WFAEats

Angel food cake with strawberry icing
Tamra Wilson / WFAEats

Angel food cake is light, fluffy and tricky to make. Recipes call for something like six egg whites, which leaves me in a quandary as to what to do with the rest of those eggs.

That’s why I bought a $5 grocery store cake from Food Lion the other day. Naked and spongy, it sat there in its round plastic house like a peeled banana, begging for icing. And the first thing I thought of was strawberry, which I happened to have in the pantry.

pick-up truck transporting fruits and vegetables
Carolina Waterfowl Rescue

If you can peel, chop, slice, and dice your way through baskets and bushels of produce, Carolina Waterfowl Rescue appreciates your kitchen skills.

The all-volunteer organization that cares for injured and abandoned wildlife recently lost their key source of food when a regional grocery chain suddenly withdrew its support. The donations had been in place for three years and ceased without warning, according to Director Jennifer Gordon, who said, “I was in shock.” She took to social media and posted on Facebook: “Does anyone here work in a grocery store or restaurant?”

bowls of popcorn
Aspa / Flickr / https://www.flickr.com/creativecommons/by-2.0/

Running out of ideas for kids’ activities during the Dog Days of summer? The folks at Mecklenburg County Extension and 4-H have partnered to offer some great programs. And they’re free!

Garden crafts, science, and food-themed activities started back in June but will continue through August. If your kids missed learning to make a basil-seed necklace and a “pizza garden in a glove,” there are plenty of sessions remaining.

Paul Brewington, farmer, holding a dozen eggs.
Rosa Parks Farmers Market

Pack your lawn chair and head to the West End this Saturday for a day of fun and food that will help support local farmers.

It’s a great opportunity to meet, greet, and eat while helping to improve food access in the city’s underserved areas.

fried chicken, chips, apple, and cheese
Tamra Wilson / WFAEats

All the recent news about the United Kingdom took me back to 1974, when I was a college student in Brighton. The oil embargo hit Britain hard that winter while the Troubles in Northern Ireland continued to boil over with occasional bomb threats and road detours.           

I learned to live in a culture that wasn’t mine. Part of that was coming to appreciate the rather bland food: a steady diet of fresh peas, roasted potatoes, cranberry stuffing with fowl, well-done roast beef, Yorkshire pudding, and for dessert, fruit or most anything with custard sauce. 

Jason Thrasher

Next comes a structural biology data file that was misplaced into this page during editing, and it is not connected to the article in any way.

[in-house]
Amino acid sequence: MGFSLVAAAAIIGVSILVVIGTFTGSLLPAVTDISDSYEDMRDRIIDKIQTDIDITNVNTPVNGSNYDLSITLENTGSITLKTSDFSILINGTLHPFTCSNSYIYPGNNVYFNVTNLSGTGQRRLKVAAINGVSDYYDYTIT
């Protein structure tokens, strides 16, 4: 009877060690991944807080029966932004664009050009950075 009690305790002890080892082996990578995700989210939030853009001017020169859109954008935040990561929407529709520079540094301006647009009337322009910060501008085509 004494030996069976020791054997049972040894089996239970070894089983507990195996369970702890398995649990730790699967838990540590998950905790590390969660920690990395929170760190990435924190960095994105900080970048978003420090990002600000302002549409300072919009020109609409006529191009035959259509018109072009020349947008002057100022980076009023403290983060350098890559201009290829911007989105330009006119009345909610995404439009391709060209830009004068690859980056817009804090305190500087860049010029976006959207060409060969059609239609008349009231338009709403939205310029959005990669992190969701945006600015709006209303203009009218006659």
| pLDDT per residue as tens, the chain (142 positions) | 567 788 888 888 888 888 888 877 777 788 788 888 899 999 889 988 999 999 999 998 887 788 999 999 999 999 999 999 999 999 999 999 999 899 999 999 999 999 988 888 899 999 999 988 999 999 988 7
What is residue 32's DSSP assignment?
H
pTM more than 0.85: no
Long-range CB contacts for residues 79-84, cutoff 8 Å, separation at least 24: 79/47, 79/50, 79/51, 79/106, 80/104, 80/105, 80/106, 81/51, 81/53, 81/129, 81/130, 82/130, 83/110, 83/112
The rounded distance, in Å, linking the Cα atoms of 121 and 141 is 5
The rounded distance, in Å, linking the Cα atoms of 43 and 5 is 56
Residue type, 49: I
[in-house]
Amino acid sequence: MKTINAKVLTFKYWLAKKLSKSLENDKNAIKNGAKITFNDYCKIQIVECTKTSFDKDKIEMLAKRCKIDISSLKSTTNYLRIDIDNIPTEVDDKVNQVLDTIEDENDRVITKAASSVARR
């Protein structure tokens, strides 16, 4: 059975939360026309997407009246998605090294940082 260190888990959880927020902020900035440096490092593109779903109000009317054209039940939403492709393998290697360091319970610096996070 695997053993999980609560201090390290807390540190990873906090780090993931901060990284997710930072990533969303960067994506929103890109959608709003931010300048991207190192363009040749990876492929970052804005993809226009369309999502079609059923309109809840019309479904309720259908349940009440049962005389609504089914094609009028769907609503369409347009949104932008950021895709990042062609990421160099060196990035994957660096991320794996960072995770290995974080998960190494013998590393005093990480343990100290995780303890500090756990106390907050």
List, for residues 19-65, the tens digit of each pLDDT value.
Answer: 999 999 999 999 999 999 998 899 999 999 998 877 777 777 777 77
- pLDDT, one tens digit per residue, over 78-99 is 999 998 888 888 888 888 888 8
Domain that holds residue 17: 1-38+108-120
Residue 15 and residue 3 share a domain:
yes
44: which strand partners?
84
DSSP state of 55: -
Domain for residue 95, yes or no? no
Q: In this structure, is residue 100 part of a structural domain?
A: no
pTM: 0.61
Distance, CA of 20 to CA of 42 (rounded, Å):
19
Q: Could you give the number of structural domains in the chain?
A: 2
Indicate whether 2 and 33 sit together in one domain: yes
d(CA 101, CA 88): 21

The nationally-recognized Southern Foodways Alliance (SFA) is holding its annual summer symposium in Charlotte this weekend. Over the course of the three-day event, participants will dive into an exploration of Latino influences on Southern cuisine. The group is collaborating with a number of local and Latino-run restaurants, primarily in east Charlotte along Central Avenue.

Writer and historian John T. Edge, who also leads the SFA, joined WFAE to talk about the weekend's events and why his organization picked Charlotte out of dozens of other southern cities to host.

"Sunshine Teas in Kew Gardens," c. 1920
Flickr - Photos of the Past/Public Domain

Dear Etta Kate:

While dining with friends, I received an embarrassing dressing down. I ordered a salad dressed lightly. Instead, a generous dish of very chunky bleu cheese was nestled into the bowl. A woman at my table commented loudly about how much dressing I was having. I replied softly that I used only a tiny bit and set the rest aside. She exclaimed, “But imagine how much fat you are eating!" just as the server delivered her meal: a fried clam cake on a huge bun, with a plate full of French fries. 

John T. Edge is a man who knows how spin a good yarn. Listening to him talk can feel like falling under the spell of your favorite college professor. He's wickedly smart, funny, warm and welcoming.

And for years, the tale he's been telling is all about Southern food: about its central role in Southern identity, and about what it owes to the African-American and immigrant cooks who have historically been left out of the standard narratives the South tells about itself.

Prime Time For A Picnic

May 26, 2017
a picnic
nAok0 / Flickr

Summer may officially arrive on June 21, but everyone knows it truly kicks off on Memorial Day weekend. And that means it’s picnic season.

Credit Dale Haas/Wikimedia Commons/Public Domain

You can know plenty about the city you call home and still have giant gaps in your knowledge of the place.

Until today, May 16, 2017, I’d never been to Brooks’ Sandwich House. The truth? Until yesterday, I’d never even heard of it. This is despite having driven literally within a block of it, oh, let’s say maybe 50 times, at least.

But when I posted on Facebook that I was headed out at lunch in search of livermush, friends swarmed my page like honey-bees to hollyhocks. They were pretty much equally divided between two camps:

1. Liver…what?
2. Go to Brooks’ immediately.

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